The teams next met in 2004’s Eastern Conference Quarterfinals, where the Devils came in as the defending Stanley Cup champs. Unfortunately for the Devils, it was a short five game series with the Flyers dethroning them. The Devils only win came in game three 4-2 at Continental Airlines Arena on April 12 of 2004 as the Flyers bounced them and marched on in the playoffs. The Devils leading scorer was Scott Gomez with 0 goals and 6 assists for 6 points while the Flyers leading scorer was Alexei Zhamnov with 3 goals and 5 assists for 8 points.
Twenty ten was a year that was another mediocre effort for the Devils in the first round against the Flyers. The Devils were again eliminated in five games with their only win coming this time in game two, 5-3 at Prudential Center. The Devils had lost the first game and would lose game three in OT, 3-2. They would never recover and be eliminated in two more games. For the Devils, Ilya Kovalchuk would lead them in scoring with 2 goals and 4 assists for 6 points while for the Flyers, Mike Richards was the leader with 2 goals and 6 assists for 8 points. The Flyers would continue on to the Stanley Cup Finals that year, losing in a dramatic game seven to the Chicago Blackhawks.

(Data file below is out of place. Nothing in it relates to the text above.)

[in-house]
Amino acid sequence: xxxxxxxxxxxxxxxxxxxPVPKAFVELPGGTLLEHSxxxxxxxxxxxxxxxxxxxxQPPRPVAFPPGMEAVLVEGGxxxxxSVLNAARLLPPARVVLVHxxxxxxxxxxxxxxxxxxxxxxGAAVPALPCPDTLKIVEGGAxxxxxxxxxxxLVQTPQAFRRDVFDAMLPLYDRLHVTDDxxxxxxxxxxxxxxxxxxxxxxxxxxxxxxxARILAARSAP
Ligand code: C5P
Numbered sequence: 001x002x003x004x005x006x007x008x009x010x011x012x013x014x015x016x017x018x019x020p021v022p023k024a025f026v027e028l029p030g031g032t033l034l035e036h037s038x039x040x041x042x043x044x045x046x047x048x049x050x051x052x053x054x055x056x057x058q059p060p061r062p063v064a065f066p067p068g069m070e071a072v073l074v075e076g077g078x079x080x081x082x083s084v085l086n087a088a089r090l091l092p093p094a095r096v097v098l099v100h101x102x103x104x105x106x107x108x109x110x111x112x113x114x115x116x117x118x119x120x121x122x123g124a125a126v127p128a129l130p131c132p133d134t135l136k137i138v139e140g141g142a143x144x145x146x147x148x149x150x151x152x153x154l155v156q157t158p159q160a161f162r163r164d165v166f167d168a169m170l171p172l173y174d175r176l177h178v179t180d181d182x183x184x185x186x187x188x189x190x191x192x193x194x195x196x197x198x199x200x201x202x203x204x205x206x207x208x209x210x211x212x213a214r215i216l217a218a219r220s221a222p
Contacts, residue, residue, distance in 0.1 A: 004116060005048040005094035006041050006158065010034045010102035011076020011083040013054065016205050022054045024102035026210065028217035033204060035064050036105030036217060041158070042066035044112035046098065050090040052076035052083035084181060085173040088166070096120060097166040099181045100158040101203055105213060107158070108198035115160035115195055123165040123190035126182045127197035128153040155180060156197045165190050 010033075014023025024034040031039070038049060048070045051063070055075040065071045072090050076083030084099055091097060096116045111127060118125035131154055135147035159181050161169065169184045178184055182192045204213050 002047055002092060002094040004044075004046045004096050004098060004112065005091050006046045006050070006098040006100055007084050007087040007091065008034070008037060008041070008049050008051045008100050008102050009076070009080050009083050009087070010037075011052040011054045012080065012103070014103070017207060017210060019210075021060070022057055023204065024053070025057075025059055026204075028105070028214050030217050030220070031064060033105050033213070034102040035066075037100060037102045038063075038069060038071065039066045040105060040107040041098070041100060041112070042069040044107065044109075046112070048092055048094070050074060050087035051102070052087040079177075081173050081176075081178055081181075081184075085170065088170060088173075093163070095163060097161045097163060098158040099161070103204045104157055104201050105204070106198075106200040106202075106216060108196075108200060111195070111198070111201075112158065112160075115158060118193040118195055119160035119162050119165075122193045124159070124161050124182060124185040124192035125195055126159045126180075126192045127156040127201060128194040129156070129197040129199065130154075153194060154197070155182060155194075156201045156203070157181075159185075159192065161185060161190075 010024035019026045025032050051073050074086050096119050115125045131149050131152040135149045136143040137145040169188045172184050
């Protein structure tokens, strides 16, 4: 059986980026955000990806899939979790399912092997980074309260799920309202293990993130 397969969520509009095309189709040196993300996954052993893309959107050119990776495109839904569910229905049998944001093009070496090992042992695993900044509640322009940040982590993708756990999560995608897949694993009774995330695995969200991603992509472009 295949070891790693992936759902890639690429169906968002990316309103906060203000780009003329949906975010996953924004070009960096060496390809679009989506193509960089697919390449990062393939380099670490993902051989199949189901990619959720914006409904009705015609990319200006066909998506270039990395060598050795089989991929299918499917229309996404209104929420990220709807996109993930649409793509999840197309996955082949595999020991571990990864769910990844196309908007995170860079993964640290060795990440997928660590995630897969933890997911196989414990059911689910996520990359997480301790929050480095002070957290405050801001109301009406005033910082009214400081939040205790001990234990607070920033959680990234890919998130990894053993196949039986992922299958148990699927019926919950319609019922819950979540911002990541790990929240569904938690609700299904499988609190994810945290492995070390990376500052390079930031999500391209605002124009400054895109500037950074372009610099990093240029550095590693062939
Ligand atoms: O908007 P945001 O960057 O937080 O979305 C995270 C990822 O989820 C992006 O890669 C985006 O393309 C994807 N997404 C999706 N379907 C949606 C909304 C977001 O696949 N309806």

The team’s most recent playoff meeting came in 2012 in the Conference Semifinals. This series was all Devils (after they were victimized in OT in game one by Danny Briere, giving the Flyers a 4-3 home win). After that, the Devils took control and never looked back. They won game two 4-1 with David Clarkson bringing the heroics in the City of Brotherly Love. Game three would be settled in an extra session at the Prudential Center in Newark, 4-3 with Alexei Ponikarovsky notching the game winner for the Devils. Game four was won 4-2 by the Devils in Newark; while game six would wrap things up in Philly with a 3-1 Devils win. Kovalchuk was again the Devils leading scorer with 2 goals and 5 assists totaling 7 points, while Briere led the Flyers with 3 goals and 2 assists for 5 points. The Devils would march all the way to the Cup Finals that year, only to be upended in that series by the Los Angeles Kings, who won their first Stanley Cup.
The Devils-Flyers rivalry, while not quite as heralded as the Devils-Rangers rivalry has produced just as many memorable moments and games as the Hudson River version. Like the Rangers, there is certainly no love lost between the teams or their fans and the balance of power has shifted back and forth over the years, but one thing remains constant: if the Devils and the Flyers get together in the Stanley Cup Playoffs, it is almost a guarantee that there will be tough, hard-nosed hockey being played.